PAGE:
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J Trauma Inj : Journal of Trauma and Injury

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Volume 27(2); June 2014
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Original Articles
Factors Associated with Radiologic Tests in Patients with Radial Head Subluxation
Ikwan Chang, Do Kyun Kim, So Young Park, Dongbum Suh, Jae Yun Jung, Young Ho Kwak
J Trauma Inj. 2014;27(2):13-19.
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AbstractAbstract PDF
PURPOSE
In general, X-ray examinations are not recommended for radial head subluxation (pulled elbow) patients. The purpose of this study was to determine the frequency of X-ray examinations and to investigate the factors associated with the decision to perform an X-ray examination on a patient with a pulled elbow.
METHODS
Patients who visited the pediatric emergency department (ED) of one tertiary hospital from January 1, 2011, to December 31, 2012, with a diagnosis of radial head subluxation at discharge were enrolled in this study. Through retrospective chart reviews, factors that could have influenced the decision to perform an X-ray examination and their statistical relevance were analyzed.
RESULTS
A total 308 patients were enrolled, and 101 patients (32.8%) underwent X-ray examinations. Among the 252 patients with a typical pulled elbow, 65 underwent X-ray examination. This result showed statistical significance compared to atypical pull-elbow group (25.8% vs. 64.3%, p<0.001). Factors associated with the decision to perform an X-ray examination were analyzed using the Chi-square test and the Fisher's exact test. The mechanism of injury and consultation with an orthopedic surgeon (p=0.001) showed statistical significance. In the multivariable logistic regression, the odds ratio (OR) for the injury mechanism was 4.7 (95% CI: 1.8~8.8, p<0.001) and that for consultation with an orthopedic surgeon was 8.0 (95% CI: 1.6~40.7, p=0.004).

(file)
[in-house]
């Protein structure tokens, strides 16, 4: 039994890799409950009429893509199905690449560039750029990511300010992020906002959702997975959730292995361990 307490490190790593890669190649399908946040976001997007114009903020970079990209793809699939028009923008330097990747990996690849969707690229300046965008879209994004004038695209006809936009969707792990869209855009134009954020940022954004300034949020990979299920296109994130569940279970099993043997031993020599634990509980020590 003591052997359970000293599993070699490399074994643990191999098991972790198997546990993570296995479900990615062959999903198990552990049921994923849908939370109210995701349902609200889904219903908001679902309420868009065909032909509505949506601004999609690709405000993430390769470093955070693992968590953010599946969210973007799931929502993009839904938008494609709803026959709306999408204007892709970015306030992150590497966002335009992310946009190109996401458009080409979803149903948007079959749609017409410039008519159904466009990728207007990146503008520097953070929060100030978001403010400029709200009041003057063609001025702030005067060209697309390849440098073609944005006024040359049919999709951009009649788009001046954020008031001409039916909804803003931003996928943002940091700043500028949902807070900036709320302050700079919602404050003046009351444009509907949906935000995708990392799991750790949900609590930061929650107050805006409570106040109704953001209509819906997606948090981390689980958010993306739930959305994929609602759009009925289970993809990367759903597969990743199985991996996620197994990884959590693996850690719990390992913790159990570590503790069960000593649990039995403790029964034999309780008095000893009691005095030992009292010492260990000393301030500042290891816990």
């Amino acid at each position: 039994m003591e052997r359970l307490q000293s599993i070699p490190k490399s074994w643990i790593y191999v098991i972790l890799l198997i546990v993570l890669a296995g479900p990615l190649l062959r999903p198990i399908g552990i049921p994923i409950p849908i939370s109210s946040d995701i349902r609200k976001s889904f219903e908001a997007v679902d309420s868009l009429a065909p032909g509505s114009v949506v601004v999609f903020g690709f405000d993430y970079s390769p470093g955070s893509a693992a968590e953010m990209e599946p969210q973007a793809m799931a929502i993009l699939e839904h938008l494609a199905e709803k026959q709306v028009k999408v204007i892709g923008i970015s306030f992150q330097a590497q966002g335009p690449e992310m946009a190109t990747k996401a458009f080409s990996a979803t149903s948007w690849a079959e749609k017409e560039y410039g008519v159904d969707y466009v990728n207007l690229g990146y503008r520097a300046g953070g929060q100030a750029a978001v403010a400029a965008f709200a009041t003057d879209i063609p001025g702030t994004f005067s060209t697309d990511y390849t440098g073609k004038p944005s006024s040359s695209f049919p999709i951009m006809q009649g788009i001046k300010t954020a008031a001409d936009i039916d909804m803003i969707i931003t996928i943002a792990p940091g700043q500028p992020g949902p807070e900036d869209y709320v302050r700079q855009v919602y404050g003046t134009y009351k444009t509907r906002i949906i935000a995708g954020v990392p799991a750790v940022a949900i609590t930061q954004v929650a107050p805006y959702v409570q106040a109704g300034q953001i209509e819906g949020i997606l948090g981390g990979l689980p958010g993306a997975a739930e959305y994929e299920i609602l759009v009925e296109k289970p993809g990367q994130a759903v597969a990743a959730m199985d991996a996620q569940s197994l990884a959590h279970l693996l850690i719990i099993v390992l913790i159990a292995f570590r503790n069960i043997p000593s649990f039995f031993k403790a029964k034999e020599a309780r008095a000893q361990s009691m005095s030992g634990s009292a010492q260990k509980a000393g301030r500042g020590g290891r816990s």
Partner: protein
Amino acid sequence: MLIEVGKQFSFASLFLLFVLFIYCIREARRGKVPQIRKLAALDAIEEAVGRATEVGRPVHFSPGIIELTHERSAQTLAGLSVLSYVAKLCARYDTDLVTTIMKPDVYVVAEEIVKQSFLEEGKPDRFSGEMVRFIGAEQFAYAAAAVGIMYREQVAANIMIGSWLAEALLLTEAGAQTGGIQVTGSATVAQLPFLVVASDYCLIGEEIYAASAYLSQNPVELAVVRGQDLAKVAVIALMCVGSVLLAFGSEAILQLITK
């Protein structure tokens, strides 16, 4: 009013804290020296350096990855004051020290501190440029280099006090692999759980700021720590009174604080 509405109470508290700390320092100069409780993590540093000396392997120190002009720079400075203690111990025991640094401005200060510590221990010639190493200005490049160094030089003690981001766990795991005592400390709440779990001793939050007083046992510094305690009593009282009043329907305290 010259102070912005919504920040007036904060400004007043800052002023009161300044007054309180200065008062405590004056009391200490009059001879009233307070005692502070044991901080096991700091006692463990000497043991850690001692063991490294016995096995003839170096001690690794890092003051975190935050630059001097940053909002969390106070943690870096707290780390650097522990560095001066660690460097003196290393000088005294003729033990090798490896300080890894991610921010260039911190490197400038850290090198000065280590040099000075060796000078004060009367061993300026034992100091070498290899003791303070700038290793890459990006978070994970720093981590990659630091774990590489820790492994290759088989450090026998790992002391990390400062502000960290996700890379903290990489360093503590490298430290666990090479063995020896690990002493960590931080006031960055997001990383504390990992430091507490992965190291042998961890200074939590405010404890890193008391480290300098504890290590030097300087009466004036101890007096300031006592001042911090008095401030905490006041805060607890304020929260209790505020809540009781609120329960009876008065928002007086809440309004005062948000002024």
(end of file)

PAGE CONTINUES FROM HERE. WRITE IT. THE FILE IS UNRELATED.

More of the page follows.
CONCLUSION
One third of patients with a pulled elbow underwent X-ray examination, and patients with an atypical mechanism of injury underwent more frequent X-ray examinations than did patients with a typical mechanism of injury. The factors that could have influenced the decision to perform an X-ray examination were mechanism of injury and consultation with an orthopedic surgeon.
Summary
The Thermal Insulation of Warm Fluid using Aluminium Foil in Trauma Care
Seo Jin Kim, Kyung Hoon Sun, Yong Jin Park, Sun Pyo Kim
J Trauma Inj. 2014;27(2):20-24.
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AbstractAbstract PDF
PURPOSE
The temperature of a warm fluid infused into a patient is lowered because the line that allows the fluid to be infused into the patient is exposed to room air. This study evaluated the effects of aluminum foil used as an insulator surrounding the fluid infusion lines when using warm crystalloid fluids to treat traumatic shock patients.